Yr Aran (Route 2) from Bethania
Nat Park - Snowdonia - Snowdon Crib Goch
County/Area - Gwynedd
Author - Peter Smyly
Length - 5.5 miles / 8.9 km Ascent - 2100 feet / 636 metres
Time - 4 hours 50 minutes Grade - moderate
|Ordnance Survey Explorer OL17
|Anquet OS Explorer OL17
|Ordnance Survey Landranger 115
|Anquet OS Landranger 115
Walk Route Description
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I read somewhere recently that Yr Aran is Snowdonia's (Eryri's) least visited mountain. Two reasons appear likely. Firstly, walkers are more likely to be drawn by the lure of the bigger attraction of nearby Snowdon and, secondly, it's isolated position means it does not readily link up with any other mountains along a ridge. Having walked up Yr Aran recently (May 2011) I found it to be a fine mountain in it's own right and somewhat undeserving of its "neglected" position. As often happens with an isolated peak, the minus point of it not linking up readily with other nearby peaks comes with a corresponding plus point, the all-round views, and Yr Aran's top does command a fine 360 degree view with Snowdon and Y Lliwedd especially apparent.
This Snowdonia walk starts at the car park at Bethania in Nantgwynant and heads up the Watkin Path across the road through woodland, the starting point of one of several routes up Snowdon. The path leads up through the trees, where horned goats may be seen, before emerging into the open. Continue along the Watkin Path as it goes to the left and then right past some waterfalls before leading to a valley with Snowdon ahead and Yr Aran to the left. Here a path leads off to the left and takes you up to the Bwlch Cwm Llan, the route becoming steeper and rockier as the bwlch draws nearer. At the bwlch (grid ref. SH605521), an even steeper path heads up Snowdon to the right. Ahead lie slate wastes and the remains of former quarry workings including a couple of small reservoirs. A walk across to the other side of the bwlch reveals a fine view of the Nantlle Ridge.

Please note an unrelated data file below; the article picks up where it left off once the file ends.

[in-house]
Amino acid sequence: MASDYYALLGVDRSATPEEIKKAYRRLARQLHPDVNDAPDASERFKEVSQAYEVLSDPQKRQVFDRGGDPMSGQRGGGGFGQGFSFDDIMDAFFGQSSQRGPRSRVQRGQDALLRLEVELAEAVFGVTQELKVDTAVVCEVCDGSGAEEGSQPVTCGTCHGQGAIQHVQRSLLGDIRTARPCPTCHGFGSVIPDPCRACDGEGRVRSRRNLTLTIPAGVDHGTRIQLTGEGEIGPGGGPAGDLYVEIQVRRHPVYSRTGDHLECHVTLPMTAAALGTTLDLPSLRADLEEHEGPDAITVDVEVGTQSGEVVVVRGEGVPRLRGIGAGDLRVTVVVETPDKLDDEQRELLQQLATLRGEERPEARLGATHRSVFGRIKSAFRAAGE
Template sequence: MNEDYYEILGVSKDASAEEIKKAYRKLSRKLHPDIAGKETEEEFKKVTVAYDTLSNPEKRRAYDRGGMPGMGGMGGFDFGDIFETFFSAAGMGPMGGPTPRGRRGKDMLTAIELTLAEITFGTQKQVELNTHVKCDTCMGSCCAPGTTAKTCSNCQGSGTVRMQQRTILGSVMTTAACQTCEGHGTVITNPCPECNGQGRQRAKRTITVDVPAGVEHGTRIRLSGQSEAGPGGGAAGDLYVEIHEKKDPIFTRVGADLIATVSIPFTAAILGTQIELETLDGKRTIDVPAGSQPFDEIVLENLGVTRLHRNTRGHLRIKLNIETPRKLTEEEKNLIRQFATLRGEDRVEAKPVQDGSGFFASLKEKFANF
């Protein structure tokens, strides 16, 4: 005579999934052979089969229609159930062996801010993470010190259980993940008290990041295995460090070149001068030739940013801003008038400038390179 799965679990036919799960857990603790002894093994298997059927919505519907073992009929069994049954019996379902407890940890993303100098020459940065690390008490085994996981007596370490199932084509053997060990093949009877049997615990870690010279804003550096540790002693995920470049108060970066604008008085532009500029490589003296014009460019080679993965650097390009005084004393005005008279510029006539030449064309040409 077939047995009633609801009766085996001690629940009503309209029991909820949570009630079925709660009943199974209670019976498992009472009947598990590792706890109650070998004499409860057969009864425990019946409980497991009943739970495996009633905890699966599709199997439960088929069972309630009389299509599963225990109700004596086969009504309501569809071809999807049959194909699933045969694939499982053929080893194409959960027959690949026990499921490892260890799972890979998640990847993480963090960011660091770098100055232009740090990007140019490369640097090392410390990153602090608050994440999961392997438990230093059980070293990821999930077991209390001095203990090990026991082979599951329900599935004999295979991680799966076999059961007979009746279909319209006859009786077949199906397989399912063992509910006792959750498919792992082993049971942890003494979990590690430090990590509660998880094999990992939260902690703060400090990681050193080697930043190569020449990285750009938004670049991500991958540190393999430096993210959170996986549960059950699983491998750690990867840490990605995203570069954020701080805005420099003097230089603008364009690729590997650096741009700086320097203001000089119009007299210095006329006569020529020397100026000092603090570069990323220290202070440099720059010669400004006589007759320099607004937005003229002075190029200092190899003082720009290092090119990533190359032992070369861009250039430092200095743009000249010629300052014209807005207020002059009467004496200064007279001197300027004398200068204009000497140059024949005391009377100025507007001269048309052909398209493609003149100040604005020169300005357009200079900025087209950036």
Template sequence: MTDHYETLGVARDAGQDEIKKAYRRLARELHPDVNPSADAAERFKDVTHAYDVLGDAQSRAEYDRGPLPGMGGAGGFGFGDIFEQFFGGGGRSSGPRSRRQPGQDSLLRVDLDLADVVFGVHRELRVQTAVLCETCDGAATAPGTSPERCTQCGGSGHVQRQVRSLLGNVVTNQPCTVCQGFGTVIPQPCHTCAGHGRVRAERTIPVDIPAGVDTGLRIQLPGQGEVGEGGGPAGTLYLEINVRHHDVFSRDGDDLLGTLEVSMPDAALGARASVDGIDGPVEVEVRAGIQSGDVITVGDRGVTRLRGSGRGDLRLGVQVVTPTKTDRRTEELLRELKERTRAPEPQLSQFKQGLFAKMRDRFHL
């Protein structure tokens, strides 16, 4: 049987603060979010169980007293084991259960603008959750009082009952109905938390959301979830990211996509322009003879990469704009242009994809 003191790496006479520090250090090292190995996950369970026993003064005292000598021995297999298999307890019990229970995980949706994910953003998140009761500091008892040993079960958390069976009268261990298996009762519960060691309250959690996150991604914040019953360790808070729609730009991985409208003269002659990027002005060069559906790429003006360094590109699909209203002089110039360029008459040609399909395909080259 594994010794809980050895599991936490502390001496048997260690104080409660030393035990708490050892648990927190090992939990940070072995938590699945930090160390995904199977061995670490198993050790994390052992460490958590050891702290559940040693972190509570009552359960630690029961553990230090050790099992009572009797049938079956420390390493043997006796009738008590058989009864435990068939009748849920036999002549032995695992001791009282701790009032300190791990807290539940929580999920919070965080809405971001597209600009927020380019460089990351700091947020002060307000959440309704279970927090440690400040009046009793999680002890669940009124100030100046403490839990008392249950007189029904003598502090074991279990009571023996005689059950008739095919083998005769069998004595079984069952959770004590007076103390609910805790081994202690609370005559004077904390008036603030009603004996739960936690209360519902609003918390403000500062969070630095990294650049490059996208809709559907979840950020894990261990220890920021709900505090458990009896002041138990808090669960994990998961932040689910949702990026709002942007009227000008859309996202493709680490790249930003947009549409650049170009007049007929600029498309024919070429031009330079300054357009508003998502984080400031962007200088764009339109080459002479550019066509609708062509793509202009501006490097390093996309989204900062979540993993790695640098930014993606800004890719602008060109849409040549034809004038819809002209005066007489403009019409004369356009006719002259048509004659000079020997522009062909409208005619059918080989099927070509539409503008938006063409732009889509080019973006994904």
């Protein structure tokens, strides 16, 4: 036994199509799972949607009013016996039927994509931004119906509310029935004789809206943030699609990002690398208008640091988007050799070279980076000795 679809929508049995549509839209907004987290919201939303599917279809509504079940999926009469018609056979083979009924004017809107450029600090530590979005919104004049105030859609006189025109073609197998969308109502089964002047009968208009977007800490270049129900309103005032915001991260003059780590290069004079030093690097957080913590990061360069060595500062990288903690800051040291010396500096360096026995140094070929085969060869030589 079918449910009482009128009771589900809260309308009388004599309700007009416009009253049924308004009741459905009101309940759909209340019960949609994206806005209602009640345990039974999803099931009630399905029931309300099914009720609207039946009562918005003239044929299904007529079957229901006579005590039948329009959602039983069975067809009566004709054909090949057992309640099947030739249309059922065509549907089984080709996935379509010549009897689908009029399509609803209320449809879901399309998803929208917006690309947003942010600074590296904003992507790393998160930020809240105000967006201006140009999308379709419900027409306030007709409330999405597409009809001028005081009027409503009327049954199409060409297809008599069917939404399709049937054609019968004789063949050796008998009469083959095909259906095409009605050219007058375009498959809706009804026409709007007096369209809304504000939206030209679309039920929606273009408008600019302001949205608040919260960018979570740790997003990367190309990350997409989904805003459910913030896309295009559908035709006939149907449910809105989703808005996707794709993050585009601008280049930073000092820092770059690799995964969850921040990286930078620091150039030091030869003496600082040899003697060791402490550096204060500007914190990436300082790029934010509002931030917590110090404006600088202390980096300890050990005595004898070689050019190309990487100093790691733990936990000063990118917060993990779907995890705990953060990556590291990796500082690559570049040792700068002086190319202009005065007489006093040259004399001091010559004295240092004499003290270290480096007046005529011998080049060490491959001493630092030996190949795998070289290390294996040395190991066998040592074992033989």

Looking towards Yr Aran from the bwlch, there appears to be no easy way up to the top. However, by following the dry stone wall ahead, a wooden stile over the wall marks a point where a clear path begins and which leads you all the way to the summit. The summit ridge is grassy with a few outcrops of rock, on one of which is a small pile of stones which marks the highest point. For the return route, by way of variation, descend down the steep rocky path to where the path forms "an elbow", but instead of turning left here to reverse the outgoing route, go straight ahead to follow a different path which broadly follows the line of a dry stone wall to the right. This path eventually disappears, but by now the Watkin Path can be seen below and it is a case of picking your own safe passage down steep, grassy, pathless slopes to rejoin it. Then follow the Watkin Path back down to the car park.
Other walks nearby
|Llyn yr Adar & Llyn Edno from near Bethania
|Craflwyn circular from near Beddgelert
|Llyn Dinas and Cwm Bychan from Beddgelert
|Moel Hebog, Moel yr Ogof & Moel Lefn from Beddgelert
|Beddgelert, Moel Hebog, Meol yr Ogof & Moel Lefn
|Moel Hebog, Meol yr Ogof and Moel Lefn from Beddgelert
|Aberglaslyn and Cwm Bychan
|Snowdon by the Pyg and Miner's Tracks
Recommended Books & eBooks
The Cambrian Way
Guidebook to the Cambrian Way, a challenging three-week mountain trek through Wales from Cardiff to Conwy. The 470km un-waymarked route is presented from south to north. Often sticking to long, beautiful ridgelines, it crosses wild and rugged terrain and visits many of Wales's highest mountains, including Snowdon.
The Wales Coast Path
A single guidebook to walking the whole Wales Coast Path - 1400km (870 miles) the length of Wales from Chester to Chepstow, including Anglesey, described in 57 stages. The route passes through the Snowdonia and Pembrokeshire National Parks and many AONBs and can be linked with the Offa's Dyke Path for a complete circuit of Wales.